Ethical views from Korea

I found an interesting article this morning in a Korean newspaper. In it, the interviewees discuss the freight train known as embryonic stem cell research. 

Last year, cloning pioneer Hwang Woo-suk stunned the world by replicating human somatic cells, a feat acclaimed by many as making a huge stride forward in the history of medical science.

Not everyone, however, saw the landmark research in a positive light. On the contrary, many remain apprehensive, wondering whether the finding will take us to utopia or it's opposite, dystopia.

The uncertainty is even more frustrating when we humans find ourselves seemingly unable to stop or control the technical drive.

The book Discussion is a record of conversations between two veteran scholars from different backgrounds, one from humanities and the other from biology, as they seek answers in this technocratic, but ethically anemic, society.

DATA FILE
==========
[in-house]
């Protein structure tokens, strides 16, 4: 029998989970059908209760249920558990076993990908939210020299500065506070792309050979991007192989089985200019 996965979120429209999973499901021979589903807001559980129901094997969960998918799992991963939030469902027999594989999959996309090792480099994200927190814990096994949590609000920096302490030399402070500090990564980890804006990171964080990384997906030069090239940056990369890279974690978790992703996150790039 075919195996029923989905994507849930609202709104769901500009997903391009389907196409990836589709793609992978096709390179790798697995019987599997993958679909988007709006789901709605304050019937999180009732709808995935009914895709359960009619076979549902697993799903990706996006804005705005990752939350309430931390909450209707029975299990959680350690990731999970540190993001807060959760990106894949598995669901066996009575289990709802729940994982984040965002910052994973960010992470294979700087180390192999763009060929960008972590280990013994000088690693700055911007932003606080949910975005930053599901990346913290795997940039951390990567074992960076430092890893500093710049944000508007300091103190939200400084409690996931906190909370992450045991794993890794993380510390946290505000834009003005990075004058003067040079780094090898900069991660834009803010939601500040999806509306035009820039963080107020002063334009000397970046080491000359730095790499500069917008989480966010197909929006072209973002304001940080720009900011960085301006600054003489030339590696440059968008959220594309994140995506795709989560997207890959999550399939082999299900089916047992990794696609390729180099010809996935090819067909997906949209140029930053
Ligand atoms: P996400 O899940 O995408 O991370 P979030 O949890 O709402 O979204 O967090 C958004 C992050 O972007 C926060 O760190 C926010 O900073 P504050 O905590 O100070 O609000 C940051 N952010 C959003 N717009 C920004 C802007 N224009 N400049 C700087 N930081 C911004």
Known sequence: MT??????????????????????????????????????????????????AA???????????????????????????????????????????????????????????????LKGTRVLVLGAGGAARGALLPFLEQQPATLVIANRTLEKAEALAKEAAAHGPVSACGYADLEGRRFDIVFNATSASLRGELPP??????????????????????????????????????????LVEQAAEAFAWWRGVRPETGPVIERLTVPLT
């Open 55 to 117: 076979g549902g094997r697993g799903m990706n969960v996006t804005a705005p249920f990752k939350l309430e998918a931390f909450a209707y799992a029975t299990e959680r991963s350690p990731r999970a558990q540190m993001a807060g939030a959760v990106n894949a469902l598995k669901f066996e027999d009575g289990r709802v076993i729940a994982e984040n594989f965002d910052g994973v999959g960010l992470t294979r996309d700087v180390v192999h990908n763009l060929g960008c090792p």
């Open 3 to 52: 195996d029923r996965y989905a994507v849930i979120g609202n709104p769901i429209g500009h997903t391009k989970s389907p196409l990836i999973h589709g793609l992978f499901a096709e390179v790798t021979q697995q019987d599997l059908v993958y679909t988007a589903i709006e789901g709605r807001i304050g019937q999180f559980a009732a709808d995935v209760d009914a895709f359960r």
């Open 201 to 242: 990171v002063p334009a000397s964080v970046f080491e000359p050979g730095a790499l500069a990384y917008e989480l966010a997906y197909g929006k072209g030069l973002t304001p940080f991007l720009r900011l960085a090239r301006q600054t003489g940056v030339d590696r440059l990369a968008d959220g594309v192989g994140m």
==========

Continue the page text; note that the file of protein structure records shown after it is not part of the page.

Although the article refers to Hwang's work, other labs are close to producing "embryos" from unfertilized eggs and adult DNA. Is it too late for interested people to stop the mad rush forward? Do we want to stop it? Look at the full article at http://times.hankooki.com/lpage/culture/200511/kt2005111820072210980.htm 

Geneforum's second interview with Insoo Hyun (the ethicist working with Hwang) on the ethical considerations of embryonic stem cell research and views of Koreans will be posted soon--watch for it.

Marie Godfrey, PhD

Genetizen's blog